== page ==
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Former Anglicans make thanksgiving pilgrimage to Rome
By David Kerr
Monsignor Keith Newton and other members of the Personal Ordinariate of Our Lady of Walsingham pose in St. Peter's Basilica
Monsignor Keith Newton and other members of the Personal Ordinariate of Our Lady of Walsingham pose in St. Peter's Basilica

.- Over 100 former Anglicans from the British Isles concluded a pilgrimage to Rome Feb. 24 in thanksgiving for the creation of the Personal Ordinariate of Our Lady of Walsingham.

“It has been quite poignant because almost all of the people who are with me were not Catholics until Easter last year,” Monsignor Keith Newton, the head of the U.K. ordinariate told CNA on Feb. 24.

The ordinariate was established last year by Pope Benedict XVI to give Anglicans the possibility of entering into communion with the Catholic Church while still preserving their “distinctive Anglican patrimony.”
 
“Now they have come to the center of Catholicism, they’ve come to the tombs of Sts. Peter and Paul to pray and to give thanks, and I think they’ve been genuinely moved by this, really,” Msgr. Newton said of his fellow pilgrims.

The Personal Ordinariate of Our Lady of Walsingham already has 57 priests and over 1,000 members throughout England, Wales and Scotland. This Easter it will receive another 200 lay people and 20 priests into the Church.

“‘Wonderful’ is not a strong enough word to express what we all feel at being together here,” said Father Len Black, the homilist at a Feb. 24 morning Mass in St. Peter’s Basilica. Fr. Black was a Scottish Episcopalian minister for 30 years.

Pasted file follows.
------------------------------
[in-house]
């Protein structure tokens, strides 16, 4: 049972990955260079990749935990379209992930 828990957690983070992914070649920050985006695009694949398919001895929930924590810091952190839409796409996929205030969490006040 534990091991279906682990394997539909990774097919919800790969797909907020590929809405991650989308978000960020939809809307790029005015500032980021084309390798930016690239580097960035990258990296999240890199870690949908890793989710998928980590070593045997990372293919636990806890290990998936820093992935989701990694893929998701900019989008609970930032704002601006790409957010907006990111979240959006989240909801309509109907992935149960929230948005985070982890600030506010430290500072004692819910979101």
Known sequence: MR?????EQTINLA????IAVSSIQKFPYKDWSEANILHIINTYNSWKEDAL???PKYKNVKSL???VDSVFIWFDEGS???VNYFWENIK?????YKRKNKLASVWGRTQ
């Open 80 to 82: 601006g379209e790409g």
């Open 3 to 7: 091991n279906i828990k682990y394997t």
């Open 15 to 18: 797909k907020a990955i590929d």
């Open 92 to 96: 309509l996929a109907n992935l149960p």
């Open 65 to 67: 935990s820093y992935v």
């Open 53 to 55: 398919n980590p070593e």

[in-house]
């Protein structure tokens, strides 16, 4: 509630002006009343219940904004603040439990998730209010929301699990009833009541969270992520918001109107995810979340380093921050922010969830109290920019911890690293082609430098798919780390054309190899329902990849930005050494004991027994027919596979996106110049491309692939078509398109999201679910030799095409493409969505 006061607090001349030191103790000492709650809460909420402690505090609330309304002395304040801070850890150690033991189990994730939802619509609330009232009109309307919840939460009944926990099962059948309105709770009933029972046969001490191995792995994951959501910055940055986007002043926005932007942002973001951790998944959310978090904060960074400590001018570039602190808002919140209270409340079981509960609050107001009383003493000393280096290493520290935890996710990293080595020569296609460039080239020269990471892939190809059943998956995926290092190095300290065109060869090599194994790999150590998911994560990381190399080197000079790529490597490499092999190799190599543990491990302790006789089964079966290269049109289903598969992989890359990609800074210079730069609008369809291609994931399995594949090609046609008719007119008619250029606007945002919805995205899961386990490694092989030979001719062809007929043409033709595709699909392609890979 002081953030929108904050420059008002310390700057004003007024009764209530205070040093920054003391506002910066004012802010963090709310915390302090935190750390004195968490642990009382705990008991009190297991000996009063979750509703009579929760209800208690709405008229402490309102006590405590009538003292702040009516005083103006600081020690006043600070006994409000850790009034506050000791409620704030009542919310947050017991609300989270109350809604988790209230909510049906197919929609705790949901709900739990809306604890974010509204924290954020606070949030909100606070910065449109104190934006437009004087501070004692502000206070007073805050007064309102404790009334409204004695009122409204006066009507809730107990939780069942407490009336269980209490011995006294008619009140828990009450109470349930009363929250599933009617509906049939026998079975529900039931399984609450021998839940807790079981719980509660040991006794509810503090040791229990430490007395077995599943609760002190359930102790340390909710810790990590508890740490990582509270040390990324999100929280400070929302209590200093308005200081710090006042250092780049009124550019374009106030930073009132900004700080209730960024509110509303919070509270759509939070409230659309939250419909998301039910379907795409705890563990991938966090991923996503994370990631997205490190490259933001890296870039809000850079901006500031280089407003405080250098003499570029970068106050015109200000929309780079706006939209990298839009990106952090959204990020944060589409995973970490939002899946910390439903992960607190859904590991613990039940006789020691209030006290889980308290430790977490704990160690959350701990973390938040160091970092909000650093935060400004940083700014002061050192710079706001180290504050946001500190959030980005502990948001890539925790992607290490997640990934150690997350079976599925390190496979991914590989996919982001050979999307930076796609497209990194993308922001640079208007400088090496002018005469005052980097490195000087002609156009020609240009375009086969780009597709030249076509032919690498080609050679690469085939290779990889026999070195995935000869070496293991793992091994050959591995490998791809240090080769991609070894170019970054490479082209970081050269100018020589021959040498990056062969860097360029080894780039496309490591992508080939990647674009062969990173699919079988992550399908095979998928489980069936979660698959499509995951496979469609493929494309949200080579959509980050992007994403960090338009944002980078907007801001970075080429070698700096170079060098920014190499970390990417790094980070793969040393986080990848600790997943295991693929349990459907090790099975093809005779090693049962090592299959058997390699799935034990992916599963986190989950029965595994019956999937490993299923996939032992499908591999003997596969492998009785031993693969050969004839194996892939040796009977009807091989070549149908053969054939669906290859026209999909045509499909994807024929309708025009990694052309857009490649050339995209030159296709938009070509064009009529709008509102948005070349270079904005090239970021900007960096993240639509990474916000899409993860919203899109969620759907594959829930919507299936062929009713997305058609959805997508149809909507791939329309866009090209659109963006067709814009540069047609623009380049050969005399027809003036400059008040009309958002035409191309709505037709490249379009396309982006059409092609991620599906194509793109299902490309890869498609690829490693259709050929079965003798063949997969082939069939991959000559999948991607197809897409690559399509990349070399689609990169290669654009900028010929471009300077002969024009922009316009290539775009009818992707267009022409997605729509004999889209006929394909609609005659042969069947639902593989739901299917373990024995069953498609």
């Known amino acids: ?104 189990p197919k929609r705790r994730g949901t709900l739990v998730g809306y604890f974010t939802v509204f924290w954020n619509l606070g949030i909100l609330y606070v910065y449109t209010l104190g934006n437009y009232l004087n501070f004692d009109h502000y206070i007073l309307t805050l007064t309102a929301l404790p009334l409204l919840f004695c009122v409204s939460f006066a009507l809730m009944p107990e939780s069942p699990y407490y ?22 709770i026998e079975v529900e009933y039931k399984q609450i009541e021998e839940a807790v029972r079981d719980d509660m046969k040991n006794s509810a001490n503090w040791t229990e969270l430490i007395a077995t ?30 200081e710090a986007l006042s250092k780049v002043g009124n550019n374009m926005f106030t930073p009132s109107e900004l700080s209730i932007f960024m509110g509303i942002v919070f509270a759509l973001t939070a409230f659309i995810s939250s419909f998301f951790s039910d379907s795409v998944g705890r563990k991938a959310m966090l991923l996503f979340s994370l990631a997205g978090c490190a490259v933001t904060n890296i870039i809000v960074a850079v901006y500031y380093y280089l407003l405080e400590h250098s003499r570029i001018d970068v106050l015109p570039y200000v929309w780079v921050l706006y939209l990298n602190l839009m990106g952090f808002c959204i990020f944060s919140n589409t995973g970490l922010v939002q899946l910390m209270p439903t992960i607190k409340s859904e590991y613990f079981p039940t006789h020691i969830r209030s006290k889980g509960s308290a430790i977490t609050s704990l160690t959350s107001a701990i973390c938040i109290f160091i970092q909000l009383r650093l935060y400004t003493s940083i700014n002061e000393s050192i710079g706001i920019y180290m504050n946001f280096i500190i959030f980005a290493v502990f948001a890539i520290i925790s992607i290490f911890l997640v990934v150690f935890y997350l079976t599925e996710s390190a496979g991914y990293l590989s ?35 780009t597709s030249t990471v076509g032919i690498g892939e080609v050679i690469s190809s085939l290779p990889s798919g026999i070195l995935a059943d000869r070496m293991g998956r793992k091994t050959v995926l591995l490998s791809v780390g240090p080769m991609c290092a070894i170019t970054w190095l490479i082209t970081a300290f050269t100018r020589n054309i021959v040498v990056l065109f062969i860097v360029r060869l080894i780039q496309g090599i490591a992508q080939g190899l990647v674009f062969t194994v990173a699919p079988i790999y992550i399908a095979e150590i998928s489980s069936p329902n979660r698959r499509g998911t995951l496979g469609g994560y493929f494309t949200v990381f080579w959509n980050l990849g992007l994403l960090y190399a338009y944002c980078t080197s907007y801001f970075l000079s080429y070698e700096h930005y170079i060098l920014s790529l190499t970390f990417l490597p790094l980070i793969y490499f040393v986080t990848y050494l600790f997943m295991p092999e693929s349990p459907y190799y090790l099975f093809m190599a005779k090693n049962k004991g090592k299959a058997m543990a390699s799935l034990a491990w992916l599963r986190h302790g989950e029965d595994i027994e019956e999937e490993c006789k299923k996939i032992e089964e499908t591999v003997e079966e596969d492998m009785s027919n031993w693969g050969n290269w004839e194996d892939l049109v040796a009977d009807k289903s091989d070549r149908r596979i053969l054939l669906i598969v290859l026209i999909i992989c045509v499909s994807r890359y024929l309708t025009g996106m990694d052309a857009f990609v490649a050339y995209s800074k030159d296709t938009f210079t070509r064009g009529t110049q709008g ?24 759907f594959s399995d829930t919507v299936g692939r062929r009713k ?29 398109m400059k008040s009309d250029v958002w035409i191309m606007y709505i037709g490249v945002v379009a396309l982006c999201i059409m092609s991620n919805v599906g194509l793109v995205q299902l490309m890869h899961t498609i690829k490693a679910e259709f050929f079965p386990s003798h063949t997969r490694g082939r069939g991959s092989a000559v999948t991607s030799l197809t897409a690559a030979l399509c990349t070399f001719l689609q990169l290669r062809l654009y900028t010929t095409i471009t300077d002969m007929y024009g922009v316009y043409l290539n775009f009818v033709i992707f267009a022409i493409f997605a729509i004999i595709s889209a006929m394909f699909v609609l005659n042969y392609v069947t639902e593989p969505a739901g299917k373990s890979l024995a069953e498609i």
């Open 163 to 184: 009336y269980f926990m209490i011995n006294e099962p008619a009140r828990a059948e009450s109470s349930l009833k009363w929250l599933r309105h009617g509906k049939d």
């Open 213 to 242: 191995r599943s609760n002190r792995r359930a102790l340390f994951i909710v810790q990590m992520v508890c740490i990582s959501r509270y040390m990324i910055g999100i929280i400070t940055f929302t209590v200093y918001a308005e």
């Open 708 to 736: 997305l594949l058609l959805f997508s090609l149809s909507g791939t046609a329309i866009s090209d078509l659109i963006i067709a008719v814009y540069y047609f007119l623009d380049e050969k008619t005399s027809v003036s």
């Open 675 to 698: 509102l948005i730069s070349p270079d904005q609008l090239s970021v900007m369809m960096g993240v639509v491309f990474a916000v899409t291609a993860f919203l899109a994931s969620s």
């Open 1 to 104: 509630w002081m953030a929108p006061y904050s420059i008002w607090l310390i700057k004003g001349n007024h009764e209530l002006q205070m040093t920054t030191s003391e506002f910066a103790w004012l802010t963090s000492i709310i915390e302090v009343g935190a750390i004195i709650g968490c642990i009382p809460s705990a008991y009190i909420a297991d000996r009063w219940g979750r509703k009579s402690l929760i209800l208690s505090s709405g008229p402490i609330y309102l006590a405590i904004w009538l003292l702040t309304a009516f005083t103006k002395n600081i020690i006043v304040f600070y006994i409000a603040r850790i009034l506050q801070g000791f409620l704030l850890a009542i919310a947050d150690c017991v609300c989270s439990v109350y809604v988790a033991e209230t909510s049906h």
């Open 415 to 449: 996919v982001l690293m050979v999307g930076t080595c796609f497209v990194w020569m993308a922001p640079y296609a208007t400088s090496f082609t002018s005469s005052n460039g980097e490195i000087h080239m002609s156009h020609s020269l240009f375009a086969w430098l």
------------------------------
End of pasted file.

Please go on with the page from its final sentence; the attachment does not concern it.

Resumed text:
“I am certain that, like me, this week you have all experienced the feeling of coming home,” he told the congregation in the basilica’s Chapel of St. Joseph.

“Nowhere can we truly experience this other than being here, so close to the place where the apostle Peter gave his life for the faith and where his successors have guarded the faith for generations.”

On Wednesday the group was personally welcomed by Pope Benedict XVI during his weekly audience in the Vatican’s Paul VI Hall. In return the pilgrims stood and sang the hymn “Praise to the Holiest,” which was composed by Blessed John Henry Newman. The 19th century Anglican cleric turned Catholic cardinal is the ordinariate’s patron.

“I think our musical heritage is as strong part of our patrimony,” said 28-year-old Michael Vian Clark to CNA after today’s Mass. He became Catholic in 2007 and is now the Director of Music at Buckfast Abbey in Devon, England. His highlight of the week was attending Mass at the basilica of San Giorgio in Velabro, which was Cardinal Newman’s titular church in Rome.
 
“It was very, very moving for us to celebrate Mass there with some of the texts Blessed John Henry might have known, but also, importantly, to use two of his hymns as the offertory and post communion, which was really moving and touching in that particular place.”

He said that even though Bl. John Henry Newman “would not have thought that would ever be possible … here we are and it happened.”
 
With little money and no church buildings being given to them by the Bishops of England & Wales, it seems to have been a difficult but happy first year for the U.K. ordinariate.

“We’ve had to live by faith and, in the end, God has provided,” said Msgr. Newton.

“None of us are hungry, none of us have nowhere to live. God will provide, and I think we’ve just got to trust him.”


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Apr
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April 23, 2014

Wednesday within the Octa ve of Easter

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Mt 28:8-15

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